It is because of this trip that Tom vowed to “fix” Matheson. As I love to declare, only a crazy guy with no money would take on so daunting a task. But over the years, he figured it all out: in 1999 we incorporated WRT, then in 2001, the IRS granted us 501©(3) nonprofit status, so we immediately applied for—and won— a habitat restoration grant from FishAmerica Foundation, backed by the NOAA Restoration Center.

AA05

With that $10,500 we began Project Baitfish—the successful salvation of Matheson’s mangrove forest. Tom’s methodology: remove the blockages to tidal flow, let Mother Nature take over from there. I don’t know how many times I’ve heard, or said, those two very important words: tidal flushing. Five more grants from NOAA/FAF followed. In 2003, Tom was made a NOAA Environmental Hero of the Year for his “unique vision.” Boy, they got THAT right.

Three years later, he was gone. Well, it’s his physical presence that is gone from this world. He certainly lives on in the hearts of many people. He was not a person you could ever forget.

So: Happy Sweet Sixteen, WRT! Tom’s Dream Team is still paddling our black canoes! The best part is that he was right about one essential element: WRT can live without his daily input of charisma! When I now present WRT to the public, I don’t even have to mention Tom. People “get it.” That’s just what he wanted.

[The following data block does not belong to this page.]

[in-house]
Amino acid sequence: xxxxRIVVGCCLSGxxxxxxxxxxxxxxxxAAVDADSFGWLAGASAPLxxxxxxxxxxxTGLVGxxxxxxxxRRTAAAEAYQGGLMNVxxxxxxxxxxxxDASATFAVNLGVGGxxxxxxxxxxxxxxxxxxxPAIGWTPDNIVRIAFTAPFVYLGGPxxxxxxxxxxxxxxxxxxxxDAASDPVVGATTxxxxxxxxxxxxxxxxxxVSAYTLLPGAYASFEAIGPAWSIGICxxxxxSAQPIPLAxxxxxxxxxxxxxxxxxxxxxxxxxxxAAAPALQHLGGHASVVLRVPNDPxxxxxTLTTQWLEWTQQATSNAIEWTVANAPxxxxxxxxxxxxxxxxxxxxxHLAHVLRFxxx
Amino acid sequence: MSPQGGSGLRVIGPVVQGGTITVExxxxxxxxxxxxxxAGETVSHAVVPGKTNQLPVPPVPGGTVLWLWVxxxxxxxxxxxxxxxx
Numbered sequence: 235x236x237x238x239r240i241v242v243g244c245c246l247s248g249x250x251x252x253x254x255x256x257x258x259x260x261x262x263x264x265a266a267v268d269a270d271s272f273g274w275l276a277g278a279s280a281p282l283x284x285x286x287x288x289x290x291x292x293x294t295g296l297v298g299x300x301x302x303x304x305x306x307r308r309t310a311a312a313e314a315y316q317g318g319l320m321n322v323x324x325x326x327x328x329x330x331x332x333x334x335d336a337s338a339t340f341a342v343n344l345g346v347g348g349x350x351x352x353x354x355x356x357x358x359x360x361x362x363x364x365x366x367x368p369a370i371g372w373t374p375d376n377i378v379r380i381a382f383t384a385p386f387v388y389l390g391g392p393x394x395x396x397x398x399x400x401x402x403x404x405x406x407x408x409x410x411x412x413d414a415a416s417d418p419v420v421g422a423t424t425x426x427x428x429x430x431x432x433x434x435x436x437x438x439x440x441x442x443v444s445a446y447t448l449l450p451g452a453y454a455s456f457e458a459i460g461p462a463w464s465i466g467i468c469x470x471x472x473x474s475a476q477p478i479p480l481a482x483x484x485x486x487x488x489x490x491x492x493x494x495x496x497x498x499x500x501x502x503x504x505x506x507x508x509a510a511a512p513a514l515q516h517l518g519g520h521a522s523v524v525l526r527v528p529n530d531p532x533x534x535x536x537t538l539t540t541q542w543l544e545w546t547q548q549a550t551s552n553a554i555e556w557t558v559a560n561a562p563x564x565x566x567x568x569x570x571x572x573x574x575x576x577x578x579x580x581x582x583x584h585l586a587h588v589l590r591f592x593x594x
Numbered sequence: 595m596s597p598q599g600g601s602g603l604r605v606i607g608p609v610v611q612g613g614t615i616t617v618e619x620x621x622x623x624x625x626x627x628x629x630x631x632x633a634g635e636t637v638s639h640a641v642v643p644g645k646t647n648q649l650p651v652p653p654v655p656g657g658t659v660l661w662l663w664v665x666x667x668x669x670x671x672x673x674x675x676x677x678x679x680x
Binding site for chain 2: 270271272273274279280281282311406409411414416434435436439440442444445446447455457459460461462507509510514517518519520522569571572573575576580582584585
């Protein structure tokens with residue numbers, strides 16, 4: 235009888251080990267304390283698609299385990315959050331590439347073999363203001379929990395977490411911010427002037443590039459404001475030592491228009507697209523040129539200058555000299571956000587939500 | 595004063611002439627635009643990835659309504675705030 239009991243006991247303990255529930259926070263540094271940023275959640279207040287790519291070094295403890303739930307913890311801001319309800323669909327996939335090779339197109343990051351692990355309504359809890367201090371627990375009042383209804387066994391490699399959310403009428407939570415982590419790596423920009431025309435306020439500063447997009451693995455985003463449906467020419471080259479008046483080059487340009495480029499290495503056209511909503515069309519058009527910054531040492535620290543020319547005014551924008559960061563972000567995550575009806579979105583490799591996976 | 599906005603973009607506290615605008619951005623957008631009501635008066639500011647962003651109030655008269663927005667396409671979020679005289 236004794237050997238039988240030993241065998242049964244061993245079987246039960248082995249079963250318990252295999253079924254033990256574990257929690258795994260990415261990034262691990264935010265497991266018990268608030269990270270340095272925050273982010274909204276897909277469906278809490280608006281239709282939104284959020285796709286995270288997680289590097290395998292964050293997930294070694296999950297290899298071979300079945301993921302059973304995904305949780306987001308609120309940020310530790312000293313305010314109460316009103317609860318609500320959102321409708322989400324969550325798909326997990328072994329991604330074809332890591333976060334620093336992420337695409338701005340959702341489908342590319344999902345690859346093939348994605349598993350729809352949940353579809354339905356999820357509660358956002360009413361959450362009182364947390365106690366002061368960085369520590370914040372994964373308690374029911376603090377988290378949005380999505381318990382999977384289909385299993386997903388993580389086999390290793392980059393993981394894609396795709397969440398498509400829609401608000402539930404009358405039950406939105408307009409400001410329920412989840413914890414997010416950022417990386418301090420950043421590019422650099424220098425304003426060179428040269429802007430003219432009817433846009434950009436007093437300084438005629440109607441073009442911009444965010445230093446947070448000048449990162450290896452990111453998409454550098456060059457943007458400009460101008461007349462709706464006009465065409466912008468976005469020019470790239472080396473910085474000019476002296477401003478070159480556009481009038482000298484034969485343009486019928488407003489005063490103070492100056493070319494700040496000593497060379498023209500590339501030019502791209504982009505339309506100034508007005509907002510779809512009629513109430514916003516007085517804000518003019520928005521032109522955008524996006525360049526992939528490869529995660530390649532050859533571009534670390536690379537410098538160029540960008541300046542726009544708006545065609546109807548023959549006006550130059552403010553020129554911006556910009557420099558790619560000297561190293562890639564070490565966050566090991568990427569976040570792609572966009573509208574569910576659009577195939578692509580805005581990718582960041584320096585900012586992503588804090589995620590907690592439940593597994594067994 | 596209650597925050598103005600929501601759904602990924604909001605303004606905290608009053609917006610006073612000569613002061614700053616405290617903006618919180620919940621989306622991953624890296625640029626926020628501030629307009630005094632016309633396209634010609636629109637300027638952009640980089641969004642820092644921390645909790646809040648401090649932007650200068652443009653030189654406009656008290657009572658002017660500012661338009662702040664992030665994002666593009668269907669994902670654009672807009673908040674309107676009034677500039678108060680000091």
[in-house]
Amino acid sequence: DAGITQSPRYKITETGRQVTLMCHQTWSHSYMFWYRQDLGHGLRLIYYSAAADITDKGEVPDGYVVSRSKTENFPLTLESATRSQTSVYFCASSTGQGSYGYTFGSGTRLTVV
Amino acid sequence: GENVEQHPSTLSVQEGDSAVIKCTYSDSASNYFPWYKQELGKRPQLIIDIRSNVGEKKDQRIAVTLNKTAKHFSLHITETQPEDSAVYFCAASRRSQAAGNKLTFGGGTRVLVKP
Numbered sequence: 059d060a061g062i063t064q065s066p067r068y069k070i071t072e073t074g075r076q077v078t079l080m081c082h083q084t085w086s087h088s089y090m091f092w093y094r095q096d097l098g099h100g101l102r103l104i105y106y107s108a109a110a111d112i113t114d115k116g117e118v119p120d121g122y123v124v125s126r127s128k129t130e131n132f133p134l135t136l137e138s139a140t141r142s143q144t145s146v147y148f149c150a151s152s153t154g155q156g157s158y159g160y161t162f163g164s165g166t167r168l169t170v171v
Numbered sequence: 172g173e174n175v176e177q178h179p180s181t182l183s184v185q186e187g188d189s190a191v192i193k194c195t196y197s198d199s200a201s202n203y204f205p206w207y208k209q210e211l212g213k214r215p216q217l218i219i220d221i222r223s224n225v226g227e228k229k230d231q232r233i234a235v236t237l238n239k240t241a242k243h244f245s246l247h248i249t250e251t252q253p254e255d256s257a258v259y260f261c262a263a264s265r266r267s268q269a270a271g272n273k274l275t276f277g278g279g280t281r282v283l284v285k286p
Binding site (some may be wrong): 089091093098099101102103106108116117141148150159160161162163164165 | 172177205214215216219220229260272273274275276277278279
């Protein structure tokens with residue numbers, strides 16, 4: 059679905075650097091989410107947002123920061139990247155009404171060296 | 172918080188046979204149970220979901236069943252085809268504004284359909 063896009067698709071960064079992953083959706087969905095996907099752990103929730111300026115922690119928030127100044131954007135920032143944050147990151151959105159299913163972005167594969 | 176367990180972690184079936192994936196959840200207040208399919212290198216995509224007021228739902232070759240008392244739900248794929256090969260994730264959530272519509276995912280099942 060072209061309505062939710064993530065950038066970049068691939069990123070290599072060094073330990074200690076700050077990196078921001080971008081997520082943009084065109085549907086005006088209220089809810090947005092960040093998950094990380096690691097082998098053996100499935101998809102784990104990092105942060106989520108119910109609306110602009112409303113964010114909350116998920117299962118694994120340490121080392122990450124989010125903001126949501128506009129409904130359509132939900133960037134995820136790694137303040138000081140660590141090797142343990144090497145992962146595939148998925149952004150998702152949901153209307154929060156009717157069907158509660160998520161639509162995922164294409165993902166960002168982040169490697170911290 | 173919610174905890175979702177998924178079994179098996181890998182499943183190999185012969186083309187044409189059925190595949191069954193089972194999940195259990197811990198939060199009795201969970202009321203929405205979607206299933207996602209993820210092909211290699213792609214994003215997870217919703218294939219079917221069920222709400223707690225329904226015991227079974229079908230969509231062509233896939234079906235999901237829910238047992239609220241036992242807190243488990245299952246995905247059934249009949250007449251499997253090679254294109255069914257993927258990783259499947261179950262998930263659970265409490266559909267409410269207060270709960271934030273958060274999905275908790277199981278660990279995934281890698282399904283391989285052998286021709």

Our only problem: we are navigating some rough financial waters. Well, who isn’t these days? Cold comfort, though, as we struggle to pay the bills, fix the Sport Trac, plan our waterway and coastal cleanups…but it warms my heart, gives me strength, to recall how rich we are in people!

Photos of Project Baitfish are on our website: www.wildlife-research-team.org. Please take a look at them, and a whole lot of the other neat stuff that we do in our black canoes. That was one of Tom’s favorite phrases: Neat Stuff. May we always be in search of it.

Read Full Post »

Kicking off a blog is no easy task. I wish we could start in the middle. You know what they say about first impressions. Well, might as well launch!

Wildlife Research Team, Inc. is a nonprofit, 501©(3) environmental education organization with a unique twist: we use canoes for all of our projects and programs. Human-paddled canoes, no motors (that’s cheating!). We are located in South Florida, where there are plenty of places for us to wet our hulls.